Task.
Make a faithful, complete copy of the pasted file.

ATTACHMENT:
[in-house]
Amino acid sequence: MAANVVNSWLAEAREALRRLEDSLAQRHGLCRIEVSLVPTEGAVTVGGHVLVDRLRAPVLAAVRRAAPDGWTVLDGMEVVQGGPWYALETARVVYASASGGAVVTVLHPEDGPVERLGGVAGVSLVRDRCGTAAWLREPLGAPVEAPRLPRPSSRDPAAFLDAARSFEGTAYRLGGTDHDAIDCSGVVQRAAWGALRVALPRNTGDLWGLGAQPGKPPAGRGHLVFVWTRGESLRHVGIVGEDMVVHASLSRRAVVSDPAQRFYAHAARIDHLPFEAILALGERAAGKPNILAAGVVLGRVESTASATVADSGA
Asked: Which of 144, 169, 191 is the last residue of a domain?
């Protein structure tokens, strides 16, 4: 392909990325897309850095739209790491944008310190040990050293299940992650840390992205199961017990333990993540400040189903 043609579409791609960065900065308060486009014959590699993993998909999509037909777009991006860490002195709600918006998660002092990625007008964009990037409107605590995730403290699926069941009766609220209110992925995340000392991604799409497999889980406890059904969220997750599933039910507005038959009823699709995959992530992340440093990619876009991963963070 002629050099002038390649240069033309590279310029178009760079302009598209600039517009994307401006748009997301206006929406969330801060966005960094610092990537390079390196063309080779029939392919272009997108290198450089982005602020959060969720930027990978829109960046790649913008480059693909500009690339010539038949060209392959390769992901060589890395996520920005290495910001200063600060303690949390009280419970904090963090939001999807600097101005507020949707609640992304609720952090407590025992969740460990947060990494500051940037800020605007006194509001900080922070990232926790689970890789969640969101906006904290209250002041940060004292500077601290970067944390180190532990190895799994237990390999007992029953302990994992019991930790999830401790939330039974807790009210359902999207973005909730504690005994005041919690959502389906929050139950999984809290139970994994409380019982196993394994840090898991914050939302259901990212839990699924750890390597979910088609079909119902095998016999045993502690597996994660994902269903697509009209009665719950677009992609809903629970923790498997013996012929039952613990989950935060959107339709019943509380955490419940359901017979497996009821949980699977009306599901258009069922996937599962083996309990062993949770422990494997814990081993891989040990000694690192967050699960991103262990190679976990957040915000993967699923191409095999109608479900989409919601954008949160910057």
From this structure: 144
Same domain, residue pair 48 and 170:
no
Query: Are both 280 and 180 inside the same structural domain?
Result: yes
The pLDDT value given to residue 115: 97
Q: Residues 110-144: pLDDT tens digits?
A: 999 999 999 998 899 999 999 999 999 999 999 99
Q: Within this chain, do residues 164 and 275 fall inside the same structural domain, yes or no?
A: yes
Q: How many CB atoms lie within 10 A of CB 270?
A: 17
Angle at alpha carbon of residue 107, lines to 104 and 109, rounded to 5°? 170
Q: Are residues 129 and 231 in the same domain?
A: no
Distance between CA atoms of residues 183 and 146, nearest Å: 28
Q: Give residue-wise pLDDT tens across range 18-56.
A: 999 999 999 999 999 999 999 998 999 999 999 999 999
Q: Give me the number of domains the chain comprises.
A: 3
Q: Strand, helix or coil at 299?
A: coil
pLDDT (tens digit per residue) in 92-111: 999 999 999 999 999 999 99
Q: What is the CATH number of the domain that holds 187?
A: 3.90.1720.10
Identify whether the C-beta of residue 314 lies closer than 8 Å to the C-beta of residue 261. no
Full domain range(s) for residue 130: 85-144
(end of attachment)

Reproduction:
[in-house]
Amino acid sequence: MAANVVNSWLAEAREALRRLEDSLAQRHGLCRIEVSLVPTEGAVTVGGHVLVDRLRAPVLAAVRRAAPDGWTVLDGMEVVQGGPWYALETARVVYASASGGAVVTVLHPEDGPVERLGGVAGVSLVRDRCGTAAWLREPLGAPVEAPRLPRPSSRDPAAFLDAARSFEGTAYRLGGTDHDAIDCSGVVQRAAWGALRVALPRNTGDLWGLGAQPGKPPAGRGHLVFVWTRGESLRHVGIVGEDMVVHASLSRRAVVSDPAQRFYAHAARIDHLPFEAILALGERAAGKPNILAAGVVLGRVESTASATVADSGA
Asked: Which of 144, 169, 191 is the last residue of a domain?
């Protein structure tokens, strides 16, 4: 392909990325897309850095739209790491944008310190040990050293299940992650840390992205199961017990333990993540400040189903 043609579409791609960065900065308060486009014959590699993993998909999509037909777009991006860490002195709600918006998660002092990625007008964009990037409107605590995730403290699926069941009766609220209110992925995340000392991604799409497999889980406890059904969220997750599933039910507005038959009823699709995959992530992340440093990619876009991963963070 002629050099002038390649240069033309590279310029178009760079302009598209600039517009994307401006748009997301206006929406969330801060966005960094610092990537390079390196063309080779029939392919272009997108290198450089982005602020959060969720930027990978829109960046790649913008480059693909500009690339010539038949060209392959390769992901060589890395996520920005290495910001200063600060303690949390009280419970904090963090939001999807600097101005507020949707609640992304609720952090407590025992969740460990947060990494500051940037800020605007006194509001900080922070990232926790689970890789969640969101906006904290209250002041940060004292500077601290970067944390180190532990190895799994237990390999007992029953302990994992019991930790999830401790939330039974807790009210359902999207973005909730504690005994005041919690959502389906929050139950999984809290139970994994409380019982196993394994840090898991914050939302259901990212839990699924750890390597979910088609079909119902095998016999045993502690597996994660994902269903697509009209009665719950677009992609809903629970923790498997013996012929039952613990989950935060959107339709019943509380955490419940359901017979497996009821949980699977009306599901258009069922996937599962083996309990062993949770422990494997814990081993891989040990000694690192967050699960991103262990190679976990957040915000993967699923191409095999109608479900989409919601954008949160910057």
From this structure: 144
Same domain, residue pair 48 and 170:
no
Query: Are both 280 and 180 inside the same structural domain?
Result: yes
The pLDDT value given to residue 115: 97
Q: Residues 110-144: pLDDT tens digits?
A: 999 999 999 998 899 999 999 999 999 999 999 99
Q: Within this chain, do residues 164 and 275 fall inside the same structural domain, yes or no?
A: yes
Q: How many CB atoms lie within 10 A of CB 270?
A: 17
Angle at alpha carbon of residue 107, lines to 104 and 109, rounded to 5°? 170
Q: Are residues 129 and 231 in the same domain?
A: no
Distance between CA atoms of residues 183 and 146, nearest Å: 28
Q: Give residue-wise pLDDT tens across range 18-56.
A: 999 999 999 999 999 999 999 998 999 999 999 999 999
Q: Give me the number of domains the chain comprises.
A: 3
Q: Strand, helix or coil at 299?
A: coil
pLDDT (tens digit per residue) in 92-111: 999 999 999 999 999 999 99
Q: What is the CATH number of the domain that holds 187?
A: 3.90.1720.10
Identify whether the C-beta of residue 314 lies closer than 8 Å to the C-beta of residue 261. no
Full domain range(s) for residue 130: 85-144